In her article about pleaching, Sophie Elmhirst peers into the windows and gardens of Notting Hill to find an uncanny world where ancient horticulture frames 21st-century plutocracy. The narrator of Lilian Cameron’s short story, ‘Window’, is on the other side of a pane, gripped by a slowly mounting obsession with what might fly through it. Emily Rhodes’ piece is all about windows: the way we look out of them, the pictures they frame, the borders they create. She talks about Mrs Dalloway, a book in which the French windows that are ‘taken off their hinges’ on the very first page serve as a metaphor for a greater sort of opening; and it is tempting to draw a connection between Virginia Woolf’s exploration of what it does or doesn’t mean to be ‘unhinged’, and the exploration of identity in so many of these pieces.
Naomi Wood’s very funny short story ‘Movie Night’ imagines how an unlikely series of role-plays might shape a personality, while Caroline Williams – who asks what it means to see Marcel Duchamp’s urinal behind glass – longs nostalgically for the artist’s drag persona, Rrose Sélavy, to reappear. Emma Bielecki’s fascinating article traces the way in which 19th-century developments in biometrics and forensic identification left their mark on French detective fiction of the period, and considers the ramifications that classification had on the very concept of identity.
Borders and boundaries appear again in Helen Jukes’ memoir, ‘Stig of the Dump’. She remembers how exciting it was to cross them, and reflects on the importance of transgression in forming our sense of self: how much we need to adventure into wild spaces. In ’A Vanishing Sea’, the retreating shoreline of the Aral Sea tells a far sadder story of the shifting boundaries between humans and their environment. Where Sophie Elmhirst sees the endurance of nature, Emily Wise sees its inevitable demise.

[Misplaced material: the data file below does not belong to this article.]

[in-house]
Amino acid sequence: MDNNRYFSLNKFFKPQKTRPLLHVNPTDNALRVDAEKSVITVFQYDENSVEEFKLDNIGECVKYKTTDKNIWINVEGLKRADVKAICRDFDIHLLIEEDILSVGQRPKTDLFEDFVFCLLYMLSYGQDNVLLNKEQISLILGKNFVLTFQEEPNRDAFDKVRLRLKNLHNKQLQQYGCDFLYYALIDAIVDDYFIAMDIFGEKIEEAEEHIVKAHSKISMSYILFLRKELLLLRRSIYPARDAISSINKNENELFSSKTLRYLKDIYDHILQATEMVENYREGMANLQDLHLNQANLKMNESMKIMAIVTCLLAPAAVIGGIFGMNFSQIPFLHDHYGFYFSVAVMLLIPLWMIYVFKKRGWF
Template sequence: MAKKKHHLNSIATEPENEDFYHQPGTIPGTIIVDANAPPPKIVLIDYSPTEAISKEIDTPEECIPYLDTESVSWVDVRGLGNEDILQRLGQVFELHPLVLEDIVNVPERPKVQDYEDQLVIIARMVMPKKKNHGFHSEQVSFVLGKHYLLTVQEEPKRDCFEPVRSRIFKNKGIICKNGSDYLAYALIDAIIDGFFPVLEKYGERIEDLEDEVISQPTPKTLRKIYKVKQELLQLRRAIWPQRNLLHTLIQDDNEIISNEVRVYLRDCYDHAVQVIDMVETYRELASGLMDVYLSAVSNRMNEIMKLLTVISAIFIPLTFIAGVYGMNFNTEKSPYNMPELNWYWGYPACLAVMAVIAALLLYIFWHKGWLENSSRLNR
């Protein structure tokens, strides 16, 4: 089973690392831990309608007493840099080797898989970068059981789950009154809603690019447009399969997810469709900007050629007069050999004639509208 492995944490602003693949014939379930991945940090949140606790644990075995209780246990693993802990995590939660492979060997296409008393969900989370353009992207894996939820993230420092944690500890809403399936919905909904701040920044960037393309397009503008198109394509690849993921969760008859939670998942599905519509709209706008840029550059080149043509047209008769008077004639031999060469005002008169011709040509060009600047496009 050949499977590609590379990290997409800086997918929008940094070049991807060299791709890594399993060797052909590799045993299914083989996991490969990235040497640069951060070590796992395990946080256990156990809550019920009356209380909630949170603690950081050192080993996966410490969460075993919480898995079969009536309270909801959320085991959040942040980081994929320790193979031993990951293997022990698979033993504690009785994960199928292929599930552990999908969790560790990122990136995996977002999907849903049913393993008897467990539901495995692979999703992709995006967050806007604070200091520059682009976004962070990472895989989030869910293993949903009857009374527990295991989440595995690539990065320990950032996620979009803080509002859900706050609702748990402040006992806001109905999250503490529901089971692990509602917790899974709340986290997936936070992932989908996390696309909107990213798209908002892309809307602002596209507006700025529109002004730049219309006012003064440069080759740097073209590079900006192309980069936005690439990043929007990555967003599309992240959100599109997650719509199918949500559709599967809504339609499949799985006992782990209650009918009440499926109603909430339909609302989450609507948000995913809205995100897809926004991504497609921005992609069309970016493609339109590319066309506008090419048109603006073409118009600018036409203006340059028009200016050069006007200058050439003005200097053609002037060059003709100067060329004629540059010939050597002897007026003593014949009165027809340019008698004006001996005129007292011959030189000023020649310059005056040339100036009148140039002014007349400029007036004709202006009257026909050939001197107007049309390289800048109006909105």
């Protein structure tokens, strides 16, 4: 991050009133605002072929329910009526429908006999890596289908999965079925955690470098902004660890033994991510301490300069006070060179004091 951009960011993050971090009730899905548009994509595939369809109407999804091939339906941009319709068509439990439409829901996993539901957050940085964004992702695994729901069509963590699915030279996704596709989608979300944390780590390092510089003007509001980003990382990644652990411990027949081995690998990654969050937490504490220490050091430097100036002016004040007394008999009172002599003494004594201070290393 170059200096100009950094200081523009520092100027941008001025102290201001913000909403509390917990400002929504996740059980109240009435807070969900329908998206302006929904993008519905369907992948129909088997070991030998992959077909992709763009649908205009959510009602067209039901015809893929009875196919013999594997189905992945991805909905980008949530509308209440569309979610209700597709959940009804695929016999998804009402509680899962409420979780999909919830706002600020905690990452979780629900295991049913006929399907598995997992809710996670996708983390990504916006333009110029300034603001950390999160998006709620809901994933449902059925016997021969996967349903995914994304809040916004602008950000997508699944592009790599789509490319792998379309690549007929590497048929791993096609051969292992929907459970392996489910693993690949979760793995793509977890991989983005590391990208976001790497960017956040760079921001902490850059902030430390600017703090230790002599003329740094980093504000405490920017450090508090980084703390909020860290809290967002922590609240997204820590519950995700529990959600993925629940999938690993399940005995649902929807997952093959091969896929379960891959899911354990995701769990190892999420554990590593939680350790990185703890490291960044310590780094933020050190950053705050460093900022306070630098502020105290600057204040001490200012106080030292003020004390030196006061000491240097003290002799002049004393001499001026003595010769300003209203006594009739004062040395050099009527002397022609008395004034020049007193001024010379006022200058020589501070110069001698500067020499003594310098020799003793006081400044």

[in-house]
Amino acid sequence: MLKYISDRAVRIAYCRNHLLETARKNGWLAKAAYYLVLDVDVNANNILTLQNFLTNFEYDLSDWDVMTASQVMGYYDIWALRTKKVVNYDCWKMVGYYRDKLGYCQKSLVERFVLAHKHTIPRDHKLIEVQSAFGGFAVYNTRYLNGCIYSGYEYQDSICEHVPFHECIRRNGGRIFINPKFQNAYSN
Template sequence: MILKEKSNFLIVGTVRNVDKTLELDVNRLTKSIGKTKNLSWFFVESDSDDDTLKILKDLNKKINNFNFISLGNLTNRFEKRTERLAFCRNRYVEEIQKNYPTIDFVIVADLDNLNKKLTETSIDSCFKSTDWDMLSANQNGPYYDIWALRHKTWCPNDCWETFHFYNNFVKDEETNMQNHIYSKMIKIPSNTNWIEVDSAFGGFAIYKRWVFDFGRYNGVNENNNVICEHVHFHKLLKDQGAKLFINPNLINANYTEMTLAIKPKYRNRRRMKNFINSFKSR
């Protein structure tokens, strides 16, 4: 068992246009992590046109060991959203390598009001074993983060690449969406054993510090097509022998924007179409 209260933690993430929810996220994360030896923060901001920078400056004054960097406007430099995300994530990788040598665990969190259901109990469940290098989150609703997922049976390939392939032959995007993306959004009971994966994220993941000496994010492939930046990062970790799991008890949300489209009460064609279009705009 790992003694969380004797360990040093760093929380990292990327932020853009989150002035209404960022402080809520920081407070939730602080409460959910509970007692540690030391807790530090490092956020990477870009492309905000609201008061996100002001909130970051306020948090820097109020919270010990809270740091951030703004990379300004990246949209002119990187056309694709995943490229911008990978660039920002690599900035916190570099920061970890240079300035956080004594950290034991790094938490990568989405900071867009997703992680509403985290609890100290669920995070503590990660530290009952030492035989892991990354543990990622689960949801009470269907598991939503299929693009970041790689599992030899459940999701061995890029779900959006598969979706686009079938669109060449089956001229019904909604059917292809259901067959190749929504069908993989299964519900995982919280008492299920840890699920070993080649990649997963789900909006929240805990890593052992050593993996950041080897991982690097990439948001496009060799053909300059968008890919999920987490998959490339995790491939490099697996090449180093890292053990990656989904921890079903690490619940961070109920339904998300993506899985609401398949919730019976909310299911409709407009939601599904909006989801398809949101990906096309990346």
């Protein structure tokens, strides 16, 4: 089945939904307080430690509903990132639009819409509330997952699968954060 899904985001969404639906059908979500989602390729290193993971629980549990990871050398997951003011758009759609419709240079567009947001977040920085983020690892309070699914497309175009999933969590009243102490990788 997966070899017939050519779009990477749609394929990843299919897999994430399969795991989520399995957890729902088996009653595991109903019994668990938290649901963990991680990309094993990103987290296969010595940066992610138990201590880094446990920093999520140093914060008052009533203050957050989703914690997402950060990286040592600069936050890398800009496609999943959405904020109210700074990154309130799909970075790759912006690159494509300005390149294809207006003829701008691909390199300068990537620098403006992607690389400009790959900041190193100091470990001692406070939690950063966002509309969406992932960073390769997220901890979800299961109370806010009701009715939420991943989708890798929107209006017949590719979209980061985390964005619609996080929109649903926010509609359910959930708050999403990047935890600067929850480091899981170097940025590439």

While Carrie Pitt’s humorous essay looks for the meaning of ‘x’, Kate Donmall writes about the ways in which our brains construct meaning: ‘Talking Time’ describes the slow rewriting of sense and identity in her work as a child psychotherapist. I hope that your hotly firing neural pathways will construct new narratives from this curious miscellany, just as dreams reassemble the imaginative detritus of the mind. At the very least I hope that unlike Kristen Treen’s nightmares, these reveries bring you pleasure.
List of Contributors
Emma Bielecki teaches and researches 19th-century French literature at the University of Oxford.
Lilian Cameron is a writer and researcher in the arts currently living in London.
Kate Donmall is a trainee psychoanalytic child and adolescent psychotherapist working in the NHS.
Sophie Elmhirst is the features editor of the New Statesman. She also writes for Harper's Bazaar, the Financial Times, Aeon, Five Dials and the Observer. @sophieelmhirst
Helen Jukes lives on the Sussex coast and works for a small charity based in Lewes.
Marianne Morris lives in Oakland, California. Her first collection, The On All Said Things Moratorium, is published by Enitharmon Press in the UK. @mannemo
Emily Rhodes is a writer, bookseller, and inventor of Emily's Walking Book Club. @EmilyBooksBlog
Kristen Treen is working on a doctoral thesis about American Civil War literature and material culture at the University of Cambridge. @MissTreen
Caroline Williams is a director and performer. She is currently artistic associate at Yard Theatre. @rannygazool
Emily Wise is a specialist registrar in infectious diseases and general internal medicine. In November 2012 she went to work as a doctor on a multi-drug resistant tuberculosis programme in Karakalpakstan, Uzbekistan for the medical humanitarian aid organisation Médecins Sans Frontières. @DrEmilyWise